• Tweeting Blackbeard Uses Design + Story to Create a Memorable Ebook

    Roger C. Parker
    7 Oct 2014 | 4:14 am
    Doug Eymer’s Tweeting Blackbeard: 10 Swashingbucking Business Tips from the World’s Greatest Pirate shows how design and story combine to create a memorable ebook. Good ebook content, by itself, is not enough these days. No matter how good your ideas or business tips may be, if the title doesn’t immediately arouse curiosity, your ideas may never be read. Design + Story = Memorable Ebook To cut through the clutter, you need a combination of design and story to encourage downloads and social media referrals. Here are some of the elements that immediately attracted me to…
  • Content Marketing Resource Center Tips For Authors and Small Businesses

    Roger C. Parker
    6 Oct 2014 | 4:28 am
    Click here to learn how a content marketing resource center can help visitors quickly locate the content they’re looking for. If you’ve been blogging, podcasting, or publishing newsletters,  reviews, or tips for more than three years, a content marketing resource center can save visitors time searching for ideas. Attend tomorrow’s free call and learn the 8 best practices for content marketing resource centers centers! Tomorrow’s free monthly coaching session builds upon the ideas introduced in my recent Content Marketing Institute article, Drive Retail Sales with B2C…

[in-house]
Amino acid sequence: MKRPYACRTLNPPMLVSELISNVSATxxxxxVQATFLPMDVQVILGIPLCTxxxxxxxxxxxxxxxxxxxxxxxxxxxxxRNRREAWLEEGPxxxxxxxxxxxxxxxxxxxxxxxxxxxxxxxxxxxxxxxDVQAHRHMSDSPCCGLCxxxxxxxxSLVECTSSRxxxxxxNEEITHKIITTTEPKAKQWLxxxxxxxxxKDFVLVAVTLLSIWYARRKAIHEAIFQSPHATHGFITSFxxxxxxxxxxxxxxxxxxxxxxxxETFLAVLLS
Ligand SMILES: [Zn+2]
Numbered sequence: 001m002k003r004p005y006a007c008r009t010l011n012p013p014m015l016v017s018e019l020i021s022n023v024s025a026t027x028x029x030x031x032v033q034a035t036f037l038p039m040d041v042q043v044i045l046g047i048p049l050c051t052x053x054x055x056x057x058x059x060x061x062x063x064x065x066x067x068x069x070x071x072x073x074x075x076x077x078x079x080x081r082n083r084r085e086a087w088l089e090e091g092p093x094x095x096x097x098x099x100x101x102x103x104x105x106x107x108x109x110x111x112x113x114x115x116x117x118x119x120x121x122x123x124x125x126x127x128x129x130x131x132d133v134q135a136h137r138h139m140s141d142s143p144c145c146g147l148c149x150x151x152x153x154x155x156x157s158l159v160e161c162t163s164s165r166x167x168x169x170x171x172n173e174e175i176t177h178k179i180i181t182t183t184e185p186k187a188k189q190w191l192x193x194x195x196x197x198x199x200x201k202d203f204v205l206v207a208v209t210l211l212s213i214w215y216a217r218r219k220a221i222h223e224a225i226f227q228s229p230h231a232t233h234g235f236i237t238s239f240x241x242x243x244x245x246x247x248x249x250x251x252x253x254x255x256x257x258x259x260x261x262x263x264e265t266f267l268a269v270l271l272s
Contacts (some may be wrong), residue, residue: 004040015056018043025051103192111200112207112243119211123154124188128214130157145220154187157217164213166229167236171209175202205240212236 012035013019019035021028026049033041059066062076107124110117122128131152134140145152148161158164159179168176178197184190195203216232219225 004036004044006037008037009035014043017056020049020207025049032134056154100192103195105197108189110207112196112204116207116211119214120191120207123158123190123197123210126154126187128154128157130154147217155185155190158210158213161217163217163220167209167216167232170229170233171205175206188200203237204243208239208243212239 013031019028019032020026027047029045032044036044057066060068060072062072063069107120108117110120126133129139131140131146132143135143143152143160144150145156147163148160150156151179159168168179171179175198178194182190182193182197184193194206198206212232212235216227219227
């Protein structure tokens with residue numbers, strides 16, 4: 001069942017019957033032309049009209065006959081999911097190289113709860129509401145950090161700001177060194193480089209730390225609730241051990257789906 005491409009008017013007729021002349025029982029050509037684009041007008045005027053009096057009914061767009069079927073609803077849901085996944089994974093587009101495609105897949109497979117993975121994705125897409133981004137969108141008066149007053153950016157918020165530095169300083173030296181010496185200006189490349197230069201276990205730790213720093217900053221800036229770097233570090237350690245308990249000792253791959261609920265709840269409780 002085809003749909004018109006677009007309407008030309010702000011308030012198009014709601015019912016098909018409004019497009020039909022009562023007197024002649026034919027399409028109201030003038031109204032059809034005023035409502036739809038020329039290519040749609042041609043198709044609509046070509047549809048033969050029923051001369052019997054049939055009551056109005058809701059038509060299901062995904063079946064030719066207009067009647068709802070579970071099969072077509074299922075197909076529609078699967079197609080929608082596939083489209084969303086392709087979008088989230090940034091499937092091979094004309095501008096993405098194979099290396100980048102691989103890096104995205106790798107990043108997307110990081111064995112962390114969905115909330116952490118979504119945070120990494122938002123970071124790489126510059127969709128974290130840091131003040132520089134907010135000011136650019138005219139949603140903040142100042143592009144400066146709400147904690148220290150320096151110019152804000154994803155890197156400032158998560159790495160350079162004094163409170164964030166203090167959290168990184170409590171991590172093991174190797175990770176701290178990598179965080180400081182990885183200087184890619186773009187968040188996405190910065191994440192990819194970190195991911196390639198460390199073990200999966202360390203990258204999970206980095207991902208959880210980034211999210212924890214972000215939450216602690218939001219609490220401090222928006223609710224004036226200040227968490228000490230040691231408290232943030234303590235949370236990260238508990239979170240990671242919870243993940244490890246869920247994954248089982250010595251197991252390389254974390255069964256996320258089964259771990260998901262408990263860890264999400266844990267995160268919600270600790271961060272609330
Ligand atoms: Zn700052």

• How to Create a Content Marketing Resource Center

    Roger C. Parker
    3 Oct 2014 | 4:10 am
    A content marketing resource center is for you if you’ve been blogging, podcasting, or publishing newsletters for more than 3 years. Content marketing resource centers breath new life into your existing content, making it easier for visitors to locate existing content that may have originally appeared in a variety of formats and locations. My latest article on the Content Marketing Institute blog, Drive Retail Sales with B2C Content Marketing: 8 Tips + a Checklist, describes the 8 essentials of a successful resource center. Resource center best practices The article also showcases…